Question re: capture and recurring attention

Discussion in 'PUBLIC: Discuss the GTD Methodology' started by RobertWall, Nov 12, 2019.

  1. RobertWall

    RobertWall Registered

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    New-ish to GTD (I've been familiar with it for half a decade or more, but just now trying to make it all happen).

    Going on the core premise that there's no need to have the same thought twice, and that you should capture anything that has your attention....

    What's the threshold for "has your attention"?

    There's a relatively minor (less than $100) technology purchase that I've thought about and consciously rejected for a number of reasons. But every now and then my brain says "hey, wouldn't it be nice if we had a (the previously rejected technology item)".

    It's not something I need, or even particularly want. There are better uses of the money it would cost.

    Do I just let those thoughts drift in and drift back out, as long as they drift back out in a reasonable timeframe? Or do I capture and reconsider whenever I have the thought?
     
  2. Gardener

    Gardener Registered

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    I might have a "might wanna buy someday" list in the Someday/Maybe realm for this sort of thing. Maybe someday Aunt Laura will really really really want to buy you a present, and you know that otherwise you're going to get a chartreuse-and-pink cashmere sweater, so you send her a gift list containing that item. Or you have store credit for somewhere that has nothing else you want. Or something. It could be handy to have a list of stuff that you'd like to own, but that hasn't made the cut.

    Or it might be more trouble than it's worth.
     
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  3. Cpu_Modern

    Cpu_Modern Registered

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    Life is hard. It is very hard to get those things done, that are really, really important. What does it matter if you optimize around the edges?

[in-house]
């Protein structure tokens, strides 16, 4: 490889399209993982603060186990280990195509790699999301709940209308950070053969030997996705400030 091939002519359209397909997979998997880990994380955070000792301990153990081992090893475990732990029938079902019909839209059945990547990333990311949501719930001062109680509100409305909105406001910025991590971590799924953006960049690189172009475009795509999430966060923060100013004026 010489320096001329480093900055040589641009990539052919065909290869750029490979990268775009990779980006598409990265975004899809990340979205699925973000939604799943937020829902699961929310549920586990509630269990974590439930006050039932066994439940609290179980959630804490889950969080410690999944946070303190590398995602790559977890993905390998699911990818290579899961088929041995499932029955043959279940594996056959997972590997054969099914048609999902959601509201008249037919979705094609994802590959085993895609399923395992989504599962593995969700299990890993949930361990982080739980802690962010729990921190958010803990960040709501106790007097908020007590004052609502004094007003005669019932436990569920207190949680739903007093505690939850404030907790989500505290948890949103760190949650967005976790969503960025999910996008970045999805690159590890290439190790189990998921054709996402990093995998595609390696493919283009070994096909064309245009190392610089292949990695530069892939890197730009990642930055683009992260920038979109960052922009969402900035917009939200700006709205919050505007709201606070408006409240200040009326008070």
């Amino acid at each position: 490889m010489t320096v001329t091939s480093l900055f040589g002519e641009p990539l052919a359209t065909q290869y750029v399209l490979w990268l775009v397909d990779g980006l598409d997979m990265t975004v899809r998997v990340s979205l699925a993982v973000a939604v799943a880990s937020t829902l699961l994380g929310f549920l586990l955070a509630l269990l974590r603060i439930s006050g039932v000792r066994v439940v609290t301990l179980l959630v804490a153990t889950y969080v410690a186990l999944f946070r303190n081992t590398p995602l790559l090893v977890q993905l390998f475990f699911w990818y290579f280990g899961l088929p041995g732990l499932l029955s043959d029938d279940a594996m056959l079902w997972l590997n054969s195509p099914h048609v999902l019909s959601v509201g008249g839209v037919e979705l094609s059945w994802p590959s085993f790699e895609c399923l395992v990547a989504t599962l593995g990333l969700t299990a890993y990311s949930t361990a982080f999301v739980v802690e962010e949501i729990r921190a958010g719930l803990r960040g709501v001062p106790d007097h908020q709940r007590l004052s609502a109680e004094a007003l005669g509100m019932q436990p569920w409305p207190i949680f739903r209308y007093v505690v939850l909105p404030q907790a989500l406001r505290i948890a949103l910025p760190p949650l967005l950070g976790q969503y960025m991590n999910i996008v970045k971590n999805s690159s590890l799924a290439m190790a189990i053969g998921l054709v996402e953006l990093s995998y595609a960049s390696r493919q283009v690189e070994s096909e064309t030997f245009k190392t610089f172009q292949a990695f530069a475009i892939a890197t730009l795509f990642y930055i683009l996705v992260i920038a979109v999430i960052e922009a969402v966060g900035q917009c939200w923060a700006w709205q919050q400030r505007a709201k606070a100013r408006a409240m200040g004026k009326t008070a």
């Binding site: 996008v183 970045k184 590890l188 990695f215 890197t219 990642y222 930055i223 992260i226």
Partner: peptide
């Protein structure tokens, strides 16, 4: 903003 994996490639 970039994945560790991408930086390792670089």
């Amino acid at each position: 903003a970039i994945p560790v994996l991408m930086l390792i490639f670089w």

Have a list, if it helps to reach your goal of having a mind like water. I have those lists, because that's exactly what they do for me. I fool myself and my mind stays clear.

    In practice, I never look at those lists.
     
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  4. mcogilvie

    mcogilvie Registered

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    If you put it on a someday/maybe list, either you might get tired of seeing it every weekly review, delete it and forget about it. Or you might decide to buy it someday. Or something. Capturing it is better than holding it in your head.
     
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  5. thomasbk

    thomasbk Registered

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    The Someday/Maybe list is MAGICAL for these sorts of things.
     
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  6. RobertWall

    RobertWall Registered

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    Do you subcategorize your Someday/Maybes? And how often do you review them?

    I get a lot of various recommendations for things (apps, books, movies, TV shows, etc.) that I want to park somewhere, and having one huge list seems to be overwhelming when I go to review.
     
  7. Gardener

    Gardener Registered

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    I agree on the capturing, but my "stuff I might wanna buy someday" list wouldn't get reviewed every week. I'm thinking every month or quarter.
     
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  8. thomasbk

    thomasbk Registered

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    I do subcategorize them. Some lists include: